The best of EcoWatch, right in your inbox. Sign up for our email newsletter!
Record Number of Americans Believe in Climate Change: Poll Taken During Record Heat Wave
More Americans than ever think that there is evidence that the planet is warming, and a record high also believe human activity is at least partially responsible, according to a new survey.
The University of Michigan and Muhlenberg College's annual survey, released Wednesday, finds that 73 percent of Americans think there is "solid evidence" of climate change, while 60 percent of the population now think that human beings have an influence on how the climate is changing.
The survey was conducted during the record hot May of this year, when temperatures spiked across the country, and researchers say that the warm weather may have partially influenced responses.
The survey also shows that the partisan split on climate remains strong: while 90 percent of Democrats say climate change is occurring, only 50 percent of Republicans say the same, as high a divide since the survey's start in 2008.
As reported by The Guardian:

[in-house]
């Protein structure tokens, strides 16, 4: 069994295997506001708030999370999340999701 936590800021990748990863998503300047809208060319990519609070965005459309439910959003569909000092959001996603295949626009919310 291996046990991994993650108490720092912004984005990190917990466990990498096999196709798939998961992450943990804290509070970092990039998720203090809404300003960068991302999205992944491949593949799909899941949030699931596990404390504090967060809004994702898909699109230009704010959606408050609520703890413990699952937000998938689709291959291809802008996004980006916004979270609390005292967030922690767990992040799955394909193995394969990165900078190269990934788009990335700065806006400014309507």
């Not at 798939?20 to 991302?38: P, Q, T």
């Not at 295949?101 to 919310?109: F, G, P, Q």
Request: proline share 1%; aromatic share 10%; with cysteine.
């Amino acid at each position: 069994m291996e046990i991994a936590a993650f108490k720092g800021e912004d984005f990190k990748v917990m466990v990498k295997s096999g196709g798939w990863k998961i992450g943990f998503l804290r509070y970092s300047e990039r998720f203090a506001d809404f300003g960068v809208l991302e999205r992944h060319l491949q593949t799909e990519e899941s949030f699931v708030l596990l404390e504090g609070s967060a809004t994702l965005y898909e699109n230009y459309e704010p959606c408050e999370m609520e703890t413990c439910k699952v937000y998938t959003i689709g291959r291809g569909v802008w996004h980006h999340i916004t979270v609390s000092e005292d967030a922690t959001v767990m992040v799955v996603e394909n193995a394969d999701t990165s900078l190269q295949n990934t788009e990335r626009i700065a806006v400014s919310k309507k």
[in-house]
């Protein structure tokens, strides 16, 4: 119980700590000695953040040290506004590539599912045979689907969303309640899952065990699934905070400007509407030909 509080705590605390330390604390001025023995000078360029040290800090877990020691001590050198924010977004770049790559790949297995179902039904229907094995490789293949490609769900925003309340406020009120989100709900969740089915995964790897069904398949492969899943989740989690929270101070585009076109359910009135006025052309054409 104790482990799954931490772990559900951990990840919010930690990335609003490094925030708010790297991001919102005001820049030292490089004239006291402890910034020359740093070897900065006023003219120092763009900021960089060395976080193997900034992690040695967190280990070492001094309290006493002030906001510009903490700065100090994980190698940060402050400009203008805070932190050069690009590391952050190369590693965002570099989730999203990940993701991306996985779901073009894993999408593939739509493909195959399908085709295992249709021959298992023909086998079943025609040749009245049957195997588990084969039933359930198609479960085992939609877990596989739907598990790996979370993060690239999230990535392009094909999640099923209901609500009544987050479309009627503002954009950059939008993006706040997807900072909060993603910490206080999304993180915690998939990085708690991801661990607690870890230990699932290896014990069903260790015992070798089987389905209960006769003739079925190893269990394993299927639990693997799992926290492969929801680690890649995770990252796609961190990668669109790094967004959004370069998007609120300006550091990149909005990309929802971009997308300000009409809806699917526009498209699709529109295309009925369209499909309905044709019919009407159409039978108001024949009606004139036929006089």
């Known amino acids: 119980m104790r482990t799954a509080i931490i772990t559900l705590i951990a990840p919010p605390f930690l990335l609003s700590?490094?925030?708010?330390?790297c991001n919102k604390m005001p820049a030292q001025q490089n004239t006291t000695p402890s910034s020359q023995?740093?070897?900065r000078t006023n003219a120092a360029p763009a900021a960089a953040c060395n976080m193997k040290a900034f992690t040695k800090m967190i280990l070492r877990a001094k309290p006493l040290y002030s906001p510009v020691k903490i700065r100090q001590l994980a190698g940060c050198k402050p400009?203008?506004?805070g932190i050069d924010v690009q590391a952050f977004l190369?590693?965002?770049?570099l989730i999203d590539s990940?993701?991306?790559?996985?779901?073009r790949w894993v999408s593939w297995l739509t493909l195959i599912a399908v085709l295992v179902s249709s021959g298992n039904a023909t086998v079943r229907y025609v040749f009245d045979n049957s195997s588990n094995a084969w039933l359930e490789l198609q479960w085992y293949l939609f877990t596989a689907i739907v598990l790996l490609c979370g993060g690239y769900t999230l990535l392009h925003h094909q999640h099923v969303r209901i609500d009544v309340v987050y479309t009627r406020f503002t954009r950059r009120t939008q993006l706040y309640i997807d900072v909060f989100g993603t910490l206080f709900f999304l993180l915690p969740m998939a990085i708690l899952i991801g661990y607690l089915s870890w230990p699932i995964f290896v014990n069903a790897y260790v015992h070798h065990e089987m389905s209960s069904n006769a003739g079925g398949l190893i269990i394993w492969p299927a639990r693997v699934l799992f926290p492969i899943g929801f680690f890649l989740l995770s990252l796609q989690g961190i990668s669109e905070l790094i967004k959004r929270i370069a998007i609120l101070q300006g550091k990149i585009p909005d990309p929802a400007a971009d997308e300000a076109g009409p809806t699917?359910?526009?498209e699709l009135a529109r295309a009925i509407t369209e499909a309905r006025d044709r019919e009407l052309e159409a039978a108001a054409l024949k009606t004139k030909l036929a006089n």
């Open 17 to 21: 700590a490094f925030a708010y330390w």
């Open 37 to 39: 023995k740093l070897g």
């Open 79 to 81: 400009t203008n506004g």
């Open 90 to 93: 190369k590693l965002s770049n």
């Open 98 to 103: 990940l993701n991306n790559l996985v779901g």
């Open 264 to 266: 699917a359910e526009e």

"There's lots of evidence that contemporary weather is a contributing factor to belief in climate change," said Chris Borick, director of the Muhlenberg College Institute of Public Opinion. "But there are other factors. People are telling us they are experiencing a climate that isn't what they remember in the past and the evidence itself, such as declining polar ice, is having an effect. Americans are moving to a lot more confident space on this."
For a deeper dive:
- What Americans Really Think About Climate Change - The Atlantic ›
- Most Americans Want Climate Change Policies - Scientific American ›
- How Americans Think About Climate Change, in Six Maps - The ... ›
EcoWatch Daily Newsletter
By Tara Lohan
It's been the wettest 12 months on record in the continental United States. Parts of the High Plains and Midwest are still reeling from deadly, destructive and expensive spring floods — some of which have lasted for three months.
Mounting bills from natural disasters like these have prompted renewed calls to reform the National Flood Insurance Program, which is managed by Federal Emergency Management Agency and is now $20 billion in debt.
By Brenda Ekwurzel
When temperatures hit the 80s Fahrenheit in May above latitude 40, sun-seekers hit the parks, lakes, and beaches, and thoughts turn to summer. By contrast, when temperatures lurk in the drizzly 40s and 50s well into flower season, northerners get impatient for summer. But when those 80-degree temperatures visit latitude 64 in Russia, as they just did, and when sleet disrupts Mother's Day weekend in May in Massachusetts, as it just did, thoughts turn to: what is going on here?
By Eoin Higgins
A bill making its way through the Texas legislature would make protesting pipelines a third-degree felony, the same as attempted murder.